As a new mum over 40, I take my health more seriously than I’ve ever done in my life. I try not to dwell on the negatives of being a more mature mum. Instead I have a more positive outlook about the future and a lot of how I feel is due to the recent breakthrough in AI technology.
With research progressing fast into disease, diabetes and other debilitating illnesses, the future holds more than just inspiring ideas for me. The adoption of artificial intelligence is on the rise and the current climate of AI in healthcare is hopeful.
Technology is advancing rapidly and a recent article on the BBC’s website sums up the ways the implementation of AI can impact our healthcare for the better. The article reveals that artificial intelligence is more accurate than doctors in diagnosing breast cancer from mammograms.
This makes for refreshing reading for older mums like me. At the moment, if I don’t feel 100 percent, I might see my GP, or get a hospital appointment to have scans and tests and have those results analysed. Only then do I receive treatment which can take a long time.
As artificial intelligence solutions inch ever closer to replicating the basics of authentic human thought patterns however, I wonder what the next steps for AI in our healthcare system will be ?
AI solutions can better collect and extrapolate information, in turn helping healthcare providers create a more personalised record of someone’s health. By providing patients with smart technology, they can monitor themselves with devices that will measure their heart rate, breathing, blood pressure, weight or activity levels.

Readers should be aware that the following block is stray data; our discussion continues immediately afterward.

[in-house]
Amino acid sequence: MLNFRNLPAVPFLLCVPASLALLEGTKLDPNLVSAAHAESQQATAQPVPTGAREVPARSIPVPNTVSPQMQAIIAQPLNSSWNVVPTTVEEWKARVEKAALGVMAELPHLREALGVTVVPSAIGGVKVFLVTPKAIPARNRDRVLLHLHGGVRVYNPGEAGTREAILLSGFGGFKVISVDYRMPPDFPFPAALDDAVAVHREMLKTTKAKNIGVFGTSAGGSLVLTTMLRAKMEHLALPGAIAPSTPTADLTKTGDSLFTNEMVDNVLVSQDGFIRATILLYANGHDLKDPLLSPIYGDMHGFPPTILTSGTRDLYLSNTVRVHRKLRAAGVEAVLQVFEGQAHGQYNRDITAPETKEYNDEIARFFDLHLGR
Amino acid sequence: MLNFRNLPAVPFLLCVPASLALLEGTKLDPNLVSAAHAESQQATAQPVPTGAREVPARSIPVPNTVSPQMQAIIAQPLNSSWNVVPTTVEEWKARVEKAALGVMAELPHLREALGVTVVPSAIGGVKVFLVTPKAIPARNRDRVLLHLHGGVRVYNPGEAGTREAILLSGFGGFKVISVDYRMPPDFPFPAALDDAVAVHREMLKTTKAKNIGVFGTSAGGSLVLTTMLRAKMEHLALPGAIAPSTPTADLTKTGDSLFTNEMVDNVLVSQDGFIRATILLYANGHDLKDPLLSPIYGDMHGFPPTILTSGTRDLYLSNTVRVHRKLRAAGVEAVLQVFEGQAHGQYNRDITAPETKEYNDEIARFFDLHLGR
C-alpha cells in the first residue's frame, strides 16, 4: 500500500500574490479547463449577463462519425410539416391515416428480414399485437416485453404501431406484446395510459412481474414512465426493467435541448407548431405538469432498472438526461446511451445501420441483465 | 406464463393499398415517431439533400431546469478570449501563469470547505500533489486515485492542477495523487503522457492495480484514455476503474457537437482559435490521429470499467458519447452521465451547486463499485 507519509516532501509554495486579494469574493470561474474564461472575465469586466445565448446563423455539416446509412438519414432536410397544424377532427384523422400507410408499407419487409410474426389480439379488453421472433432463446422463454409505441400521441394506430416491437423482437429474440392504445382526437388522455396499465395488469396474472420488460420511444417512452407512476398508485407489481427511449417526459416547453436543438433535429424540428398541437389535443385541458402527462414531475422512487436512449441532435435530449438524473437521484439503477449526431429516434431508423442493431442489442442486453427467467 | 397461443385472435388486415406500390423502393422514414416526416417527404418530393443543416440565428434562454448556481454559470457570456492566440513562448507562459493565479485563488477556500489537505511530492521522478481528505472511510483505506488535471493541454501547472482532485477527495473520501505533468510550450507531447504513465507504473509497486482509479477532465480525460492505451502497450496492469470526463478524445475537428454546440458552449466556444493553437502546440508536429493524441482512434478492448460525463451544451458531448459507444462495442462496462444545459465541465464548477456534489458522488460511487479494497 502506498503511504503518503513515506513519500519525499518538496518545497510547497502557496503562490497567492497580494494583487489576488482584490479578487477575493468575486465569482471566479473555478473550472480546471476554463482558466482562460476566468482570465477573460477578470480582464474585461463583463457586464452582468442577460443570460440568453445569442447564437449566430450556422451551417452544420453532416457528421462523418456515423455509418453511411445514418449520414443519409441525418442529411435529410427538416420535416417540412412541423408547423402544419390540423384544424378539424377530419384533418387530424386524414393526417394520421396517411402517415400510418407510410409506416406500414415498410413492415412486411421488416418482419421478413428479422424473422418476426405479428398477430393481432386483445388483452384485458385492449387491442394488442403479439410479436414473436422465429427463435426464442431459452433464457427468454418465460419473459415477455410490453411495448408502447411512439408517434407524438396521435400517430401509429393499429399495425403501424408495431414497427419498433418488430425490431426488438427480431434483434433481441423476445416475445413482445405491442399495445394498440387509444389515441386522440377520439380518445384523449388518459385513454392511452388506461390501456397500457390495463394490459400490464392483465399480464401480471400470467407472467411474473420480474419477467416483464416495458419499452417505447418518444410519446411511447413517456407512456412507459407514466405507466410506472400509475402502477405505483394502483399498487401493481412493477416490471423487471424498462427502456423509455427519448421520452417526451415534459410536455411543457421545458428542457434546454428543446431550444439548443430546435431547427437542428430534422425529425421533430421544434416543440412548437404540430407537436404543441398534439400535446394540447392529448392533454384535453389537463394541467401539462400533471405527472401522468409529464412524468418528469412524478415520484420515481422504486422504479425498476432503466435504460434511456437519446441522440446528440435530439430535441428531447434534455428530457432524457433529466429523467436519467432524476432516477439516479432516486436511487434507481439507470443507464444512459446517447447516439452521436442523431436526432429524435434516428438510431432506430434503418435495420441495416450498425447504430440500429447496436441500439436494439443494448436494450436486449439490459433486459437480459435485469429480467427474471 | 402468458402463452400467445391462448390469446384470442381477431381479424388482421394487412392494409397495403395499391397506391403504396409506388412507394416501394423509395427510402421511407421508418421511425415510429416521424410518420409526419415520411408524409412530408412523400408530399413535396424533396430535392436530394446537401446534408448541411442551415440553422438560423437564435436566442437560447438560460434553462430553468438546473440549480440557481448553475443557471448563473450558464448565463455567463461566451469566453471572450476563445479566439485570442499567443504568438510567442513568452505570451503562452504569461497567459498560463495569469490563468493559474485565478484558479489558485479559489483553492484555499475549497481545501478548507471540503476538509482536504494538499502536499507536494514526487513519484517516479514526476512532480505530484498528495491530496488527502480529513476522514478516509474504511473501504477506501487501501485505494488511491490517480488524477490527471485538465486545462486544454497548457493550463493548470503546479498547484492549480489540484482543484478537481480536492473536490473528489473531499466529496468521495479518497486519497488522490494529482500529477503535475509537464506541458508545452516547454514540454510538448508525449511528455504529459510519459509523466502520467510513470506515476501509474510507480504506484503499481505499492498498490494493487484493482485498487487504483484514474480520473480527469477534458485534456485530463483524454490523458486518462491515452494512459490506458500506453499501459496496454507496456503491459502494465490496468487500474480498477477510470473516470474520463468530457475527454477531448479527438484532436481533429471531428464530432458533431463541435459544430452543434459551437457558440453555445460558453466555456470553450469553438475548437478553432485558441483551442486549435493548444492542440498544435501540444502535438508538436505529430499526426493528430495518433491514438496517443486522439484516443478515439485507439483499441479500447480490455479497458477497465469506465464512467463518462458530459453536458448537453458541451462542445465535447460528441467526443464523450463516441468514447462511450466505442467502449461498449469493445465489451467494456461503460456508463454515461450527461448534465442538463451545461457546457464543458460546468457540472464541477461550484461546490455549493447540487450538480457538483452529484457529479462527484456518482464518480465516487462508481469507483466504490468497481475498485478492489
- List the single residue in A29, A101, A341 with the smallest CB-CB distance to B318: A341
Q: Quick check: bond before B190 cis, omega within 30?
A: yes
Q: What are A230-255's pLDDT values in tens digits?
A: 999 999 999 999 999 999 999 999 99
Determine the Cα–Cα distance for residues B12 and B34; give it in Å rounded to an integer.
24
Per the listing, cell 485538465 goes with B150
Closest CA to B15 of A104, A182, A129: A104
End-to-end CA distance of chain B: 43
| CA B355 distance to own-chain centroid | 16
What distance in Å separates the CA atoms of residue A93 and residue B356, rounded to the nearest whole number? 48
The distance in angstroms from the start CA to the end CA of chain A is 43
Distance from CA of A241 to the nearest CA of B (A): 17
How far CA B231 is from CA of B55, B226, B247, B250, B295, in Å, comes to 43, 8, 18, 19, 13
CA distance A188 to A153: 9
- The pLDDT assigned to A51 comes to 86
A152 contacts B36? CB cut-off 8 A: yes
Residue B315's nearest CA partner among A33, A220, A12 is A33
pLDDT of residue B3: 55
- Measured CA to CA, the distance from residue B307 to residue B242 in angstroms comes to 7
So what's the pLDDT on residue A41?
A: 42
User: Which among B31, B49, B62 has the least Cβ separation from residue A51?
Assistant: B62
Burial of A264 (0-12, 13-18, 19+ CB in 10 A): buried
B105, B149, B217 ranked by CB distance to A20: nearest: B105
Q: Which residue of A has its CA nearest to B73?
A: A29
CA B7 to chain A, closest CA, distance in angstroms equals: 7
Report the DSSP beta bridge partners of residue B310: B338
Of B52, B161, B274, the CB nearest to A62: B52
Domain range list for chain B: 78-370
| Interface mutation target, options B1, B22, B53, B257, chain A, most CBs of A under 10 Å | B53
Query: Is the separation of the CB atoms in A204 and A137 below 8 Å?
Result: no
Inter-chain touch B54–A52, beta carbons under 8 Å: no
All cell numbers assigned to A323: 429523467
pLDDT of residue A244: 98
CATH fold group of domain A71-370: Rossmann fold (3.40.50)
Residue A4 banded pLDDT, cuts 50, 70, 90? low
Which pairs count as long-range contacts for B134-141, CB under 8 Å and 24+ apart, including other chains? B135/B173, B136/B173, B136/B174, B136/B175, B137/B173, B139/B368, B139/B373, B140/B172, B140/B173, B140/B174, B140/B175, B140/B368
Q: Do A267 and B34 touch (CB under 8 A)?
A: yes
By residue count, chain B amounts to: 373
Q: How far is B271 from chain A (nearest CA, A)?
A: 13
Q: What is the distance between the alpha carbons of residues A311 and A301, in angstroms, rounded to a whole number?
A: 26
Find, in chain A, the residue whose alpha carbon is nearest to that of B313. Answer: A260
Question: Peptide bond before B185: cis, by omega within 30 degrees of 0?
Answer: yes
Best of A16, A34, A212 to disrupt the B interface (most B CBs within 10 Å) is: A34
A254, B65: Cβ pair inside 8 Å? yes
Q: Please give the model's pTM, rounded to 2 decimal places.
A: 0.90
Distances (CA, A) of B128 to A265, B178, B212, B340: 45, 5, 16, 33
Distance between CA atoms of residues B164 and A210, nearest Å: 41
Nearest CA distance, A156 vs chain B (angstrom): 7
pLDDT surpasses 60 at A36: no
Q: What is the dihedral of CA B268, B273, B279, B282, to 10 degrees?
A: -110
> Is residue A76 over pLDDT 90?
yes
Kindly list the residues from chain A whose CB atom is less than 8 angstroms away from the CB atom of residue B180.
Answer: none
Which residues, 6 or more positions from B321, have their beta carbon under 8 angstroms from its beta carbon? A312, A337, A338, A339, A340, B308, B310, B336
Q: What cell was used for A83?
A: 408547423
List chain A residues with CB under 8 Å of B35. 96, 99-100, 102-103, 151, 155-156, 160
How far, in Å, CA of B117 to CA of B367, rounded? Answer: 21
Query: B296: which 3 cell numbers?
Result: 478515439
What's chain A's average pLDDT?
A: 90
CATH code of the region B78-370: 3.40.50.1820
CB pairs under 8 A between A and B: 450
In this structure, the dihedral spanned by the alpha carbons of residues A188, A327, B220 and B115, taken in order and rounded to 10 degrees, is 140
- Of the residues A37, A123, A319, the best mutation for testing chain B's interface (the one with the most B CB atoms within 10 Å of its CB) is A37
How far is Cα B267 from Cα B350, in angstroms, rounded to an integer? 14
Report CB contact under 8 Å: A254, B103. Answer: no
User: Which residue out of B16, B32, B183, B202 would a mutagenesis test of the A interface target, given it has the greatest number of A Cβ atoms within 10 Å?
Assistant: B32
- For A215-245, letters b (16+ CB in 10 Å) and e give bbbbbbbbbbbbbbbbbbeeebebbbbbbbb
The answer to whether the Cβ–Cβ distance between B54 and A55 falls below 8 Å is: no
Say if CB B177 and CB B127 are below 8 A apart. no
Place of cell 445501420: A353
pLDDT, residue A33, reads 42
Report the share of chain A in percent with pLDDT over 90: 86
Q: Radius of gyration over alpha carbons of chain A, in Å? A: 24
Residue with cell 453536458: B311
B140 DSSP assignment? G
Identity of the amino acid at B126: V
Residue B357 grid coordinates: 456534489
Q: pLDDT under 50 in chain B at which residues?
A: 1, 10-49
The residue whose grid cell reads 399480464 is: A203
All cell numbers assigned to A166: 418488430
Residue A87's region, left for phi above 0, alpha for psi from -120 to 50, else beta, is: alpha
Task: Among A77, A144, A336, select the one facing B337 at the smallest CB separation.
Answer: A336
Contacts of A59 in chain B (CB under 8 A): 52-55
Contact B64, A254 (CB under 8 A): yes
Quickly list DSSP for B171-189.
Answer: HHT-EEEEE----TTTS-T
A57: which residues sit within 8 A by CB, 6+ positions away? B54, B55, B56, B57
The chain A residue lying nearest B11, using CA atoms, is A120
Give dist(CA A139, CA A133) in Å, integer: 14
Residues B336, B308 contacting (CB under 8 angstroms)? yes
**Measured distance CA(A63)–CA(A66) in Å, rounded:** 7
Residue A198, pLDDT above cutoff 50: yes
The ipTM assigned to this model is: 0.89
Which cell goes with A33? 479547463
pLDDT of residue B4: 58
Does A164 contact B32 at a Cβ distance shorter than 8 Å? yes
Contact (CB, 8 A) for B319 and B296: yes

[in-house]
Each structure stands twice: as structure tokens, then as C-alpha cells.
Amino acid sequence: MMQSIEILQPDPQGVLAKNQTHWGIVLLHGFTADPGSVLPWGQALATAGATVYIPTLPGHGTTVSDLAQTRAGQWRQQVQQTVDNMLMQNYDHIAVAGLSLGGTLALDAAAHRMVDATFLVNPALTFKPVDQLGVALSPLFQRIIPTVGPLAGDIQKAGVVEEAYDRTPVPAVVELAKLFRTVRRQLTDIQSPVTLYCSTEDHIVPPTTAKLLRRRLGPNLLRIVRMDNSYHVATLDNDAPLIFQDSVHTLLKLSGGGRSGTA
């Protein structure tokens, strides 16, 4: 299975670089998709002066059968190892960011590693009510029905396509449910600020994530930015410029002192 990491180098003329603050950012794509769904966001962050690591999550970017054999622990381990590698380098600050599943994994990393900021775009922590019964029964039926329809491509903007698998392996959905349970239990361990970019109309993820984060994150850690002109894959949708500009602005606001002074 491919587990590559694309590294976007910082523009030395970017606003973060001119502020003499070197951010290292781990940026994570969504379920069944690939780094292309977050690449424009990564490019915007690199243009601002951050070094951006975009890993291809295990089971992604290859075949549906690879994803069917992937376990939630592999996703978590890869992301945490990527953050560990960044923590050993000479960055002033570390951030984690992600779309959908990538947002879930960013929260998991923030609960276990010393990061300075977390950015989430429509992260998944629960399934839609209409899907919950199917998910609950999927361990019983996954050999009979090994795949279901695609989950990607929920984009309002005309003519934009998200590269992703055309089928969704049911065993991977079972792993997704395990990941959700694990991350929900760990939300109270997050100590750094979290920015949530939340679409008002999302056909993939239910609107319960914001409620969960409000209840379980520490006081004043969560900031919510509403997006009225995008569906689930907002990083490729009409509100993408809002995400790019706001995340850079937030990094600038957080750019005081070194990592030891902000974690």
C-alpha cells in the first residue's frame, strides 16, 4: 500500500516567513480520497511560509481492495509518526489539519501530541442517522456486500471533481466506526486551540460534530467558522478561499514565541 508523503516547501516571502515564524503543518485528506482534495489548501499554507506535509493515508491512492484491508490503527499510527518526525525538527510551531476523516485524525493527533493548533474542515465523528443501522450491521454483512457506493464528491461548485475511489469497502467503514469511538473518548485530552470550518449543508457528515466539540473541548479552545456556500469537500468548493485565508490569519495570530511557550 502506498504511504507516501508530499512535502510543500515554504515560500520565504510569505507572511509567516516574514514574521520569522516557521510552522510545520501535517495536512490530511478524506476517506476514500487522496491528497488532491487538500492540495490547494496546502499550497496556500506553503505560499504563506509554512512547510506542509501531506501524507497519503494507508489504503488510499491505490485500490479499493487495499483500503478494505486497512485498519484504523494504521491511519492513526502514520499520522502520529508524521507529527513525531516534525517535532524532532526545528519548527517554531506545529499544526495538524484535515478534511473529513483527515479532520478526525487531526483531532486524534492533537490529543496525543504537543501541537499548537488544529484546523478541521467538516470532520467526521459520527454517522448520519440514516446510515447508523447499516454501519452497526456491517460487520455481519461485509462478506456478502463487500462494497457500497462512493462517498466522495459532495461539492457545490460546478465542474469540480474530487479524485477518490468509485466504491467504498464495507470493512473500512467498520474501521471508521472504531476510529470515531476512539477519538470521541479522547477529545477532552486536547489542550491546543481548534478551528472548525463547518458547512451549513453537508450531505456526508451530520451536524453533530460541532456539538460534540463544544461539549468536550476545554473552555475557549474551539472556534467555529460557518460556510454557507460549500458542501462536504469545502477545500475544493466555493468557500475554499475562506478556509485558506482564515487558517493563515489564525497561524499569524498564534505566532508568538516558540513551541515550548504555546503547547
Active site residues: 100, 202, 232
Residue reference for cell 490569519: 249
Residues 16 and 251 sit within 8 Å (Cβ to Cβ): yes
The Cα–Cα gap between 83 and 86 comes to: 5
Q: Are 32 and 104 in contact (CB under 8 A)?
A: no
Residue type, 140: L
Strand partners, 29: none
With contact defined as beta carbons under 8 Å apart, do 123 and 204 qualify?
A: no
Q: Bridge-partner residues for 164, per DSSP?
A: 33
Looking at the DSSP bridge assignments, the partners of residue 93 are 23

This could slash the amount of admin work which I know frustrates GPs’ efforts to engage with patients. Instead of wading through a pile of paperwork, AI-driven assistants might deliver essential data to help doctors and nurses do what they do best: connect with patients.
Personalisation, adaptive learning, video content, gamification and immersion technology from manufacturers such as IVS are all changing the way our healthcare experts work. I read in The Guardian the other day that data can now be streamed from a smartphone app and processed through algorithms to show how someone’s health is evolving. This would create a 24-7 connection between a patient and their healthcare provider.
I also read in The Telegraph recently about how a GP might use their tablet ultrasound to make a movie of a patient’s beating heart. When irregularities are noted, the GP could then share this immediately with a cardiologist to diagnose the patient and set up a care plan there and then.
The implementation of AI has the potential to enhance relationships between healthcare experts and their patients to make the experience more of a meaningful wellness journey.
For new mums like me who struggle to find time to visit their GP, not needing to be in the same place or at the same time as a healthcare professional is worth its weight in gold.
Maintaining wellbeing rather than reacting to things when it might be too late certainly makes sense and ‘connected care’ with constant monitoring could even enable the early diagnosis of health issues before they become serious ones. This will no doubt become normal practice within the next decade, so bring on the future because change is coming whether we like it or not!